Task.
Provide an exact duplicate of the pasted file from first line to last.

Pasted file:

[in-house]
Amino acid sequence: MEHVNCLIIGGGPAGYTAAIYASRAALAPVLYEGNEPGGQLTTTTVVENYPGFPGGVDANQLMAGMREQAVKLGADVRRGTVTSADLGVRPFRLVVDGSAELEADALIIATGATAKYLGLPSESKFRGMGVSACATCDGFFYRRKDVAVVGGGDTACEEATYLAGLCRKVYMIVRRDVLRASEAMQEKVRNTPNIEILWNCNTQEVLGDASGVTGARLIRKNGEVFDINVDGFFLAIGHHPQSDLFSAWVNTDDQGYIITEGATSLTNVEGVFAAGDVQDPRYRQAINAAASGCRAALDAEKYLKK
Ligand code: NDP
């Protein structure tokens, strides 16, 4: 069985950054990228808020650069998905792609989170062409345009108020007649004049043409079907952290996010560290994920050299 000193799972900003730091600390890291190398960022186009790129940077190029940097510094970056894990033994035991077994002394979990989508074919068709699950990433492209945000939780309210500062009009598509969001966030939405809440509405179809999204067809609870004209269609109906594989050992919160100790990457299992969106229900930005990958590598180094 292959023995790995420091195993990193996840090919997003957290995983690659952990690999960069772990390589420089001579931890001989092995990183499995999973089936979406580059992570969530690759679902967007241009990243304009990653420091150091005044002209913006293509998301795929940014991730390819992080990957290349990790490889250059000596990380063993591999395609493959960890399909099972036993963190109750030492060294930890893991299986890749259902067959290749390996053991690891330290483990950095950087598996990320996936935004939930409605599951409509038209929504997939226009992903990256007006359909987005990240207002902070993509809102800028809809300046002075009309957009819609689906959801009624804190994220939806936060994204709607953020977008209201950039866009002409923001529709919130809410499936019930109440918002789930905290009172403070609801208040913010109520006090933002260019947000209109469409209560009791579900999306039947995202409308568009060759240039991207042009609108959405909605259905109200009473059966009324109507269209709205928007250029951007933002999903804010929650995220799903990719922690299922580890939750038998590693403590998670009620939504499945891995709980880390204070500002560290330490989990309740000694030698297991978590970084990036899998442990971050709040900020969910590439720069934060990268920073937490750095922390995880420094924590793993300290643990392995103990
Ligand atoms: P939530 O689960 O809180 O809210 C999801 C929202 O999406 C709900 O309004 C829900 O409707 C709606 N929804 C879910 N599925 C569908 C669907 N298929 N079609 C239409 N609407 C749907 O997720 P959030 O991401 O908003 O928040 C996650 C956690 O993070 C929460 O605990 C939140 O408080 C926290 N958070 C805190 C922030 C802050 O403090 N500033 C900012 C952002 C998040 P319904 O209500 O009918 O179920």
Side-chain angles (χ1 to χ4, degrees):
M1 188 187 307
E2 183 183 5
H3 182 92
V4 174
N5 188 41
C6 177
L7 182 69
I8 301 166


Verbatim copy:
[in-house]
Amino acid sequence: MEHVNCLIIGGGPAGYTAAIYASRAALAPVLYEGNEPGGQLTTTTVVENYPGFPGGVDANQLMAGMREQAVKLGADVRRGTVTSADLGVRPFRLVVDGSAELEADALIIATGATAKYLGLPSESKFRGMGVSACATCDGFFYRRKDVAVVGGGDTACEEATYLAGLCRKVYMIVRRDVLRASEAMQEKVRNTPNIEILWNCNTQEVLGDASGVTGARLIRKNGEVFDINVDGFFLAIGHHPQSDLFSAWVNTDDQGYIITEGATSLTNVEGVFAAGDVQDPRYRQAINAAASGCRAALDAEKYLKK
Ligand code: NDP
């Protein structure tokens, strides 16, 4: 069985950054990228808020650069998905792609989170062409345009108020007649004049043409079907952290996010560290994920050299 000193799972900003730091600390890291190398960022186009790129940077190029940097510094970056894990033994035991077994002394979990989508074919068709699950990433492209945000939780309210500062009009598509969001966030939405809440509405179809999204067809609870004209269609109906594989050992919160100790990457299992969106229900930005990958590598180094 292959023995790995420091195993990193996840090919997003957290995983690659952990690999960069772990390589420089001579931890001989092995990183499995999973089936979406580059992570969530690759679902967007241009990243304009990653420091150091005044002209913006293509998301795929940014991730390819992080990957290349990790490889250059000596990380063993591999395609493959960890399909099972036993963190109750030492060294930890893991299986890749259902067959290749390996053991690891330290483990950095950087598996990320996936935004939930409605599951409509038209929504997939226009992903990256007006359909987005990240207002902070993509809102800028809809300046002075009309957009819609689906959801009624804190994220939806936060994204709607953020977008209201950039866009002409923001529709919130809410499936019930109440918002789930905290009172403070609801208040913010109520006090933002260019947000209109469409209560009791579900999306039947995202409308568009060759240039991207042009609108959405909605259905109200009473059966009324109507269209709205928007250029951007933002999903804010929650995220799903990719922690299922580890939750038998590693403590998670009620939504499945891995709980880390204070500002560290330490989990309740000694030698297991978590970084990036899998442990971050709040900020969910590439720069934060990268920073937490750095922390995880420094924590793993300290643990392995103990
Ligand atoms: P939530 O689960 O809180 O809210 C999801 C929202 O999406 C709900 O309004 C829900 O409707 C709606 N929804 C879910 N599925 C569908 C669907 N298929 N079609 C239409 N609407 C749907 O997720 P959030 O991401 O908003 O928040 C996650 C956690 O993070 C929460 O605990 C939140 O408080 C926290 N958070 C805190 C922030 C802050 O403090 N500033 C900012 C952002 C998040 P319904 O209500 O009918 O179920």
Side-chain angles (χ1 to χ4, degrees):
M1 188 187 307
E2 183 183 5
H3 182 92
V4 174
N5 188 41
C6 177
L7 182 69
I8 301 166